We already covered a lot of topics about Conditional Formatting in Excel, and along the way proved its usefulness in our daily work.
In the text below, we will show how can we capture multiple texts, i.e. define the rule that will apply to several different values in our range.
Formatting with Common Factor
For our example, we will use the table with traveling info for three people, with the data such as passport, destination, passport number, and date of birth.
Let us say that we want to highlight the word “Name” in blue color.
To do so, we will select column A, and then go to the Home tab >> Styles >> Conditional Formatting >> Highlight Cells Rules >> More Rules:
Once we click on it, on a window that appears we need to select Format only cells that contain. Then, in the Edit the Rule Description we have to choose to format only cells with Specific Text (we have this option in a dropdown menu) and then choose beginning with (on a second dropdown menu), and then type in the word “Name” (without quotation marks):
The part “beginning with” is very important, as we also have the word “Last Name” in our range” and we do not want to format these words as well. If we wanted to, we would choose the option “containing”.
Now we have to click on Format, go to the Fill tab, and then choose the light blue option:
When we click OK, we will be returned to the Formatting rule window. We will click OK one more time, and now our table will look like this:
Now let us say that we want to format all the words that contain the word “name”. For this, we will go on and select our first column again, go to Conditional Formatting and then select Manage Rules:
When we click on it, we will see the rule that we defined.
We will click on our rule and then click Edit Rule. We will be prompted to an edit formatting rule window on which we were before. Then we will change the “beginning with” option with “containing” (as we mentioned before):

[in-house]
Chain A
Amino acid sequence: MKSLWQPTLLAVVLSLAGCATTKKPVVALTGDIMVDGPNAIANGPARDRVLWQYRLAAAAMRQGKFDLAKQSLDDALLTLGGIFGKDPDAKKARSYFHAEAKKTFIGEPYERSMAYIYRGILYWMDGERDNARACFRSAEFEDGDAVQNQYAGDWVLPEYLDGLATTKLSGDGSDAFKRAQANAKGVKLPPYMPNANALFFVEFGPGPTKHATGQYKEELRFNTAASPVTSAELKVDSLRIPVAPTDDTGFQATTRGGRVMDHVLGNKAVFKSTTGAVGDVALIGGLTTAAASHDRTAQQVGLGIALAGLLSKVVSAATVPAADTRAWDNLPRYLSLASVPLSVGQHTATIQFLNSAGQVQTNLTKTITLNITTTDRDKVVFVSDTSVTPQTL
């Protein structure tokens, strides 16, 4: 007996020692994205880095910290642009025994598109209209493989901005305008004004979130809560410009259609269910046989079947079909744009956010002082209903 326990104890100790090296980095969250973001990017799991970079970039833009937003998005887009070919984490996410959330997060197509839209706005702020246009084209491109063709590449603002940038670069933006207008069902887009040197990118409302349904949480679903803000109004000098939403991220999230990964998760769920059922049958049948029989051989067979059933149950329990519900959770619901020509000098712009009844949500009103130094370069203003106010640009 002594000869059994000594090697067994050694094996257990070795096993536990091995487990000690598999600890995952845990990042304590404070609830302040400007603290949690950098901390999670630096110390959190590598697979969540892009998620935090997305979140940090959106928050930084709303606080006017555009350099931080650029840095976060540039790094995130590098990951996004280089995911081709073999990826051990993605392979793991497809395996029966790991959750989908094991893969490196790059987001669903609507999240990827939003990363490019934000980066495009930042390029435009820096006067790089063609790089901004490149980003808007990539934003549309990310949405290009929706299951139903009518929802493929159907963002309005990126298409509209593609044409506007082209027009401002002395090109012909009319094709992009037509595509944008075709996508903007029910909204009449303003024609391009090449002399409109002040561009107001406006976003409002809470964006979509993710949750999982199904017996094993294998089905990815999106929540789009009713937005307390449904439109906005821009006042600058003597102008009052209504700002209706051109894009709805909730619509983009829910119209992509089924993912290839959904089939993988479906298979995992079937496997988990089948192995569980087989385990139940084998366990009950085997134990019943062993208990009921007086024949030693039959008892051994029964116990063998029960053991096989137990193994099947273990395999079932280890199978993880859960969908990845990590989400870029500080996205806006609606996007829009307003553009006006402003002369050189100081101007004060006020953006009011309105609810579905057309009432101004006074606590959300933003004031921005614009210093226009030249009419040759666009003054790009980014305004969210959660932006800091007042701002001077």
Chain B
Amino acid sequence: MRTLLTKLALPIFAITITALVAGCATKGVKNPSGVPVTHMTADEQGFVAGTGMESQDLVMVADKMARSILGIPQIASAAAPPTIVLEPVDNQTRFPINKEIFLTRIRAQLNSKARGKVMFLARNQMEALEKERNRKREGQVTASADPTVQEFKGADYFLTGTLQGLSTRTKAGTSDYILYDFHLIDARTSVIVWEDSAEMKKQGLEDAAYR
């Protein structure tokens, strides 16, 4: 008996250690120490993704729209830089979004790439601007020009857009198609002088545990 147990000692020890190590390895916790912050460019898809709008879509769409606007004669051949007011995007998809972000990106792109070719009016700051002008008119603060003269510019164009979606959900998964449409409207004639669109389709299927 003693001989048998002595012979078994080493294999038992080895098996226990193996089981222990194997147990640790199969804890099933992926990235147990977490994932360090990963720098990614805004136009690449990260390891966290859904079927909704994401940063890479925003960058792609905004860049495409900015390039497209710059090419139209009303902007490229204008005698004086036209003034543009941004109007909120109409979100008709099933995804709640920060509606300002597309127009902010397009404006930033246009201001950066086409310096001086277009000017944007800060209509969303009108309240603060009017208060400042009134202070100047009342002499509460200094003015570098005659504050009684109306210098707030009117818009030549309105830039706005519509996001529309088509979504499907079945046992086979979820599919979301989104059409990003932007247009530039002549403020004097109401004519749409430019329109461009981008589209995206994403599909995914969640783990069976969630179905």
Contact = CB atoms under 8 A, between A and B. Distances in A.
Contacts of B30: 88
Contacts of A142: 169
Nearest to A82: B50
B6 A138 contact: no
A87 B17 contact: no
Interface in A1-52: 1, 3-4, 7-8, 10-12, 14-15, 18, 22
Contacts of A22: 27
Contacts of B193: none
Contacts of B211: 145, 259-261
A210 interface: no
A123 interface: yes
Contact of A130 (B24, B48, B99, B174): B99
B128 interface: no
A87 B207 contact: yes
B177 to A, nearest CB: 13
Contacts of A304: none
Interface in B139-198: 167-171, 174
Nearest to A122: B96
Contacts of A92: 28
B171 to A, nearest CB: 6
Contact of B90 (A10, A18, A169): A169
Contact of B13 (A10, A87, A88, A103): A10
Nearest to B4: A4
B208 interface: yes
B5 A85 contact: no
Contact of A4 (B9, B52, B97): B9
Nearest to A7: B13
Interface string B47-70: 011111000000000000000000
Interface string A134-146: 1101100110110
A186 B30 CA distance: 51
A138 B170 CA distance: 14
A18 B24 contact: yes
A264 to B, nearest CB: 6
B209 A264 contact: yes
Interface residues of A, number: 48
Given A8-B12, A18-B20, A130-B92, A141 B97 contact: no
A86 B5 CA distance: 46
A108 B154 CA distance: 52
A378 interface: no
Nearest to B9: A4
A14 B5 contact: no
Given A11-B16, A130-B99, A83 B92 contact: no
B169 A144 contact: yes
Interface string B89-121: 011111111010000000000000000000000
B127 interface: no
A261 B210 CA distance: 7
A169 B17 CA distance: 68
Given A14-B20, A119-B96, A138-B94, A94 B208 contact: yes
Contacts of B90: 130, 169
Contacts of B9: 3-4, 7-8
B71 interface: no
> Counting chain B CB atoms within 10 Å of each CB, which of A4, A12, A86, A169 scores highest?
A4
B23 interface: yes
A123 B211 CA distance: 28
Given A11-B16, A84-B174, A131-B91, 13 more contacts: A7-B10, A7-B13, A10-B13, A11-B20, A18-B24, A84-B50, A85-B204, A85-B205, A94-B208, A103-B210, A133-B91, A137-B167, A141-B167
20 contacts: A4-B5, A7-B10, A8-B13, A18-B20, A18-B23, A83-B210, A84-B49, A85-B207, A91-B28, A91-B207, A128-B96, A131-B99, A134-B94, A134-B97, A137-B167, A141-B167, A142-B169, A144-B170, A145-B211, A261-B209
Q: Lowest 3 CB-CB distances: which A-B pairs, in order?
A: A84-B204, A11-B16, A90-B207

We have more rows in column A that contain the word “Name” since we have the word “Name” and “Last name” as well. We will input the word „Name“ (notice that this procedure is not case sensitive), and when we click OK, column A will change and these words will be affected:
Formatting with Function
Another way in which we can define the same highlighting rules for different cells i.e. multiple texts is to use functions. Let’s say that we want to highlight the words “Spain” and “Italy” in column B with green color.
We will select column B, go to Conditional Formatting and select New Rule. In the window that appears, we will choose the last option- “Use a formula to determine which cells to format” and input the following formula:
Finally, we will click on Format and select green color under the Fill tab:
When we click OK, we will see that both desired words are highlighted:
Using Between in Formatting
We will create an additional sheet and a table in it with a couple of people’s names and income from $2,500 and $5,500.
If we want to highlight only those cells in column B between $4,000 and $5,000, we will select the range in this column, and then go to Conditional Formatting >> Highlight Cells Rules >> Between:
Once we click on it, we will define our ranges in a window that appears:
We will define yellow fill for the cells that satisfy our criteria.
Our table will look like this: